As the number of qualified veteran applications has increased, McNeil said, the University has accepted veterans both through the Resumed Undergraduate Education program, and through transfer admissions. Veterans have the option to live on or off campus, an important bit of flexibility for veterans with families.
As a result of Brown’s recent efforts, the number of student veterans has grown from 11 in 2014 with only one new student enrolling, McNeil said, to 18 this year with eight newly enrolled this fall.
McNeil’s position, which has existed since 2014, remains a rarity on Ivy League campuses. With the exception of Columbia, which has an entire school dedicated to returning and nontraditional students, Ivy League universities and their peers have had disproportionately low representation of veterans for years.
The reasons for those low enrollment numbers are many, McNeil said.
To start, given the selectivity of Brown and its peers, many veterans don’t consider the possibility feasible, she said. Unlike high school students, veterans don’t have guidance counselors and aren’t living in the context of a group of peers applying to college at the same time. Meanwhile, the degree of benefit provided by the G.I. Bill, which hadn’t been all that strong before 2001, increased substantially again after 9/11.
And finally, as Paxson acknowledged in her remarks to the Ivy League Veterans Council, history and politics —during the Vietnam War, for instance — have sometimes driven a wedge further into the civilian-military divide, especially on college campuses.
In recent years, Brown and other schools have started to turn that tide. Last year, the University reinstated ties with Naval and Air Force ROTC programs. In June, McNeil convened a first-ever conference among university administrators from Brown’s peer institutions to share best practices in addressing the needs of military applicants and students.
McNeil notes that much of the progress at Brown has come about because of the advocacy of veteran students themselves. Hood, who is president of Brown’s Student Veterans Society, and Muir are frequently in touch with the University’s senior leaders. Hood said that will continue among the newer crop of veterans after he graduates this spring.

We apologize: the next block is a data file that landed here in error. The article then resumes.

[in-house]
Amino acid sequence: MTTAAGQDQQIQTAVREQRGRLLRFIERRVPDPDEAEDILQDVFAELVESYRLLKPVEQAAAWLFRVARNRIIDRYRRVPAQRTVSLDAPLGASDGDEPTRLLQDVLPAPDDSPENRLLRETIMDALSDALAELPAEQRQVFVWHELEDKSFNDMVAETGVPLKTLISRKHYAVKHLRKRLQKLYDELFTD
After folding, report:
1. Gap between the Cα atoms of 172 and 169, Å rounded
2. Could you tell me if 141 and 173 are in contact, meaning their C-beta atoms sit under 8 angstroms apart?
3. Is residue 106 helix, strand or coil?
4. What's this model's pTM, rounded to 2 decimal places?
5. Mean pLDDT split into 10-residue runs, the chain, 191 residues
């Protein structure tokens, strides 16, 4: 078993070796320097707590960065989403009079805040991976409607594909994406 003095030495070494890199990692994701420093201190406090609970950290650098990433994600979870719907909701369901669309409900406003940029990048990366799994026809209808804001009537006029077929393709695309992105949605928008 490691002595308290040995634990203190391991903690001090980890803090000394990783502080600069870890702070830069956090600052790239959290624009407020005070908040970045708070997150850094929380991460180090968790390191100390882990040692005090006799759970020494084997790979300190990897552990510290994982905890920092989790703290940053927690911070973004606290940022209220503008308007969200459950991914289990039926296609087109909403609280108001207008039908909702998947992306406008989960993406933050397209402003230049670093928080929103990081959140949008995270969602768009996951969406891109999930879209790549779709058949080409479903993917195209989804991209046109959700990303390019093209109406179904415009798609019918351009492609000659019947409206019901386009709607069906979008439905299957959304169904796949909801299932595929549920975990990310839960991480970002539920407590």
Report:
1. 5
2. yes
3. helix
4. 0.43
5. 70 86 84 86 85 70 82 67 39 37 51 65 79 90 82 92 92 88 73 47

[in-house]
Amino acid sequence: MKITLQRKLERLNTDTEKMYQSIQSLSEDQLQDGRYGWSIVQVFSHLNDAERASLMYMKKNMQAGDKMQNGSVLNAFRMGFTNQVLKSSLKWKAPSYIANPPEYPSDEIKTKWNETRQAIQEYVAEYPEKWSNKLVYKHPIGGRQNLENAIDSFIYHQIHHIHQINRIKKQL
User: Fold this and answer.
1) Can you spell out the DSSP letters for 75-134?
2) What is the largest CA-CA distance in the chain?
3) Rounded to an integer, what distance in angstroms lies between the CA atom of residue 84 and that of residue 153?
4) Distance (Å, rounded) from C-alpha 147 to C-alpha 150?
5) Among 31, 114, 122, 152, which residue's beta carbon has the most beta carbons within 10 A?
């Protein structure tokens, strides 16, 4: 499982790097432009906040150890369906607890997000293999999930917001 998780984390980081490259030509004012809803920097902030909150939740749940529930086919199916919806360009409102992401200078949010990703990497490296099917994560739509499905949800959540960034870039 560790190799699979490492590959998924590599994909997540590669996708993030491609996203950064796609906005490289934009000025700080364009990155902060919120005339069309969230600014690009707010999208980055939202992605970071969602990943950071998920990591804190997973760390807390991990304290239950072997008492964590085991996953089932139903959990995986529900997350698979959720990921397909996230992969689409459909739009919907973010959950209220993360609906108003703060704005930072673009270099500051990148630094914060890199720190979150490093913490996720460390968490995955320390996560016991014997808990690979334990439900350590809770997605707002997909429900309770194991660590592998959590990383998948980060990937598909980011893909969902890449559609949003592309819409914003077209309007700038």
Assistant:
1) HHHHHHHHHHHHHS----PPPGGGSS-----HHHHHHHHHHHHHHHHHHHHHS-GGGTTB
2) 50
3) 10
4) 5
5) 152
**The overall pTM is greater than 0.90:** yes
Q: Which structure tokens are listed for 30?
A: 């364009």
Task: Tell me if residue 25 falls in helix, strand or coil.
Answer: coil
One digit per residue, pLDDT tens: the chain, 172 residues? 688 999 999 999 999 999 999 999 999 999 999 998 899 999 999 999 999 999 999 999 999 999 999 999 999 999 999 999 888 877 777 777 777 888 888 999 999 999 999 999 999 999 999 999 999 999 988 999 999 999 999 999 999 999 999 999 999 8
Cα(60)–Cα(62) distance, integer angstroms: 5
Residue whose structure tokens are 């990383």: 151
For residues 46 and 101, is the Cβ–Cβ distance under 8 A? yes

“Right now we are in the infant stage, but laying the foundation with the administration and with other students now is what secures the future for veterans at Brown,” he said.
Hood and McNeil agree that they’d like to accomplish more. The number of veterans on campus should continue to increase, particularly the number of women veterans and veterans of color, who remain even more underrepresented at Brown than veterans overall, McNeil said.
‘Best of both worlds’
Once veterans gain admission, Hood said, an array of both opportunities and challenges await them. Often a decade or more past high school, and only sometimes coming to Brown from community college, veterans often have considerable adjustments to make. Re-engaging with advanced math classes like calculus, for example, can be difficult.
And, Hood notes, unlike students immediately removed from high school, veterans don’t always see college as an inevitable next phase of their lives. They’ve already had jobs. Some have children. After leaving the Air Force, Hood ran a successful rental business in Florida, which he sold to come to Brown. But he knows another former student veteran who ultimately opted to leave school to go back to her business.
Sometimes, there are discouraging encounters — last year’s vandalism to flags on the eve of Veterans Day, for example.
It’s no surprise that military operations can be controversial, Hood said; but every story has multiple sides. In some cases, there may be misperceptions of military affairs, and the precise role of an individual veteran within a broader military campaign, he said, can be assumed too simplistically.
Overall, Hood, Muir, Chartier and Fudge said, their experiences on campus have been positive. Most students at Brown, upon discovering that they are veterans, are cordial and curious. They often ask questions, which serves to narrow that civilian-military divide; Muir cites a recent example when a classmate invited him out for coffee to learn more upon discovering his history of service.
Fudge, whose time in the U.S. Marines learning how to parachute in behind enemy lines and remain undetectable for days qualify him as an expert outdoorsman, made fast friends upon his arrival this fall by participating in Brown Outdoor Leadership Training. Chartier said that as new students, she and Fudge have made friends and forged other relationships not only within the military-affiliated student community, but also within the rest of the student body.
“I’m meeting friends in my classes and having study sessions,” Chartier said. “We have the best of both worlds.”
By welcoming veterans to campus, Brown is indeed opening up a wider window on the world for all students.